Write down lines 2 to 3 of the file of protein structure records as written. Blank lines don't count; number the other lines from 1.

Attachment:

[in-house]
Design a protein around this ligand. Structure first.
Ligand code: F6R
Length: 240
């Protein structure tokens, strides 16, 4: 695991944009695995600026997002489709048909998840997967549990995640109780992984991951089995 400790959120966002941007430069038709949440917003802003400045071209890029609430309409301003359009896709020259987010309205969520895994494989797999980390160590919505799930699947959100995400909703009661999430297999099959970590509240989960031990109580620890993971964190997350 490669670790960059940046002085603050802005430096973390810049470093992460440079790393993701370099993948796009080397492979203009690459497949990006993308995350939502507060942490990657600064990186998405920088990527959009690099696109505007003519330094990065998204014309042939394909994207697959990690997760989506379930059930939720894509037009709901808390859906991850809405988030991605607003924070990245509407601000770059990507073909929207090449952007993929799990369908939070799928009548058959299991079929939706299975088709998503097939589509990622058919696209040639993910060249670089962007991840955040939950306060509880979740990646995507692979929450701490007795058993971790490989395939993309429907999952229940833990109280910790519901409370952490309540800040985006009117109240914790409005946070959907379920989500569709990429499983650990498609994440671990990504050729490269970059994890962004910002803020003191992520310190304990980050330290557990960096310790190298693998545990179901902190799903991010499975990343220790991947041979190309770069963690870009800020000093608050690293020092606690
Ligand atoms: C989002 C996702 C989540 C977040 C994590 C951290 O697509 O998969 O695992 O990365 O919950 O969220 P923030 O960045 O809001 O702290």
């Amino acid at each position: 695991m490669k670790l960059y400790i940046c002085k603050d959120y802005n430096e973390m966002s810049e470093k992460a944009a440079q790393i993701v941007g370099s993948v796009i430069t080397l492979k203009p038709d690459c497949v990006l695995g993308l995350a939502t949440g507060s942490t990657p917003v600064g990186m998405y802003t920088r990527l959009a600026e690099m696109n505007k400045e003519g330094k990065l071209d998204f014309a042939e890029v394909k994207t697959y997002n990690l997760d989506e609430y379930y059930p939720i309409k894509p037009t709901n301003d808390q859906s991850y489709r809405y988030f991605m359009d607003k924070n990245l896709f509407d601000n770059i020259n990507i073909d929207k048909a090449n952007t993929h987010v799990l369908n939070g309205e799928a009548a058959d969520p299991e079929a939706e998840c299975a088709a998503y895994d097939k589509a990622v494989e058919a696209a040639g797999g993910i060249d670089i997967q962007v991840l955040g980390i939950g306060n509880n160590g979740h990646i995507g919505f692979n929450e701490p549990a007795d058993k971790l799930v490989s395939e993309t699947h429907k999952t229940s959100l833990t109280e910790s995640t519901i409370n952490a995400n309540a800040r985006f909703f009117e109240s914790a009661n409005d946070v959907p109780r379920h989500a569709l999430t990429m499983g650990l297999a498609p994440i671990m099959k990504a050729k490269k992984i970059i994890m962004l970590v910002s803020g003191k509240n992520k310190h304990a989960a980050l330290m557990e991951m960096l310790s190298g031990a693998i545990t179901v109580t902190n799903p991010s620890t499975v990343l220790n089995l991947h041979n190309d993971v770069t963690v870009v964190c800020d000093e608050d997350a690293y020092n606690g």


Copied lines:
Design a protein around this ligand. Structure first.
Ligand code: F6R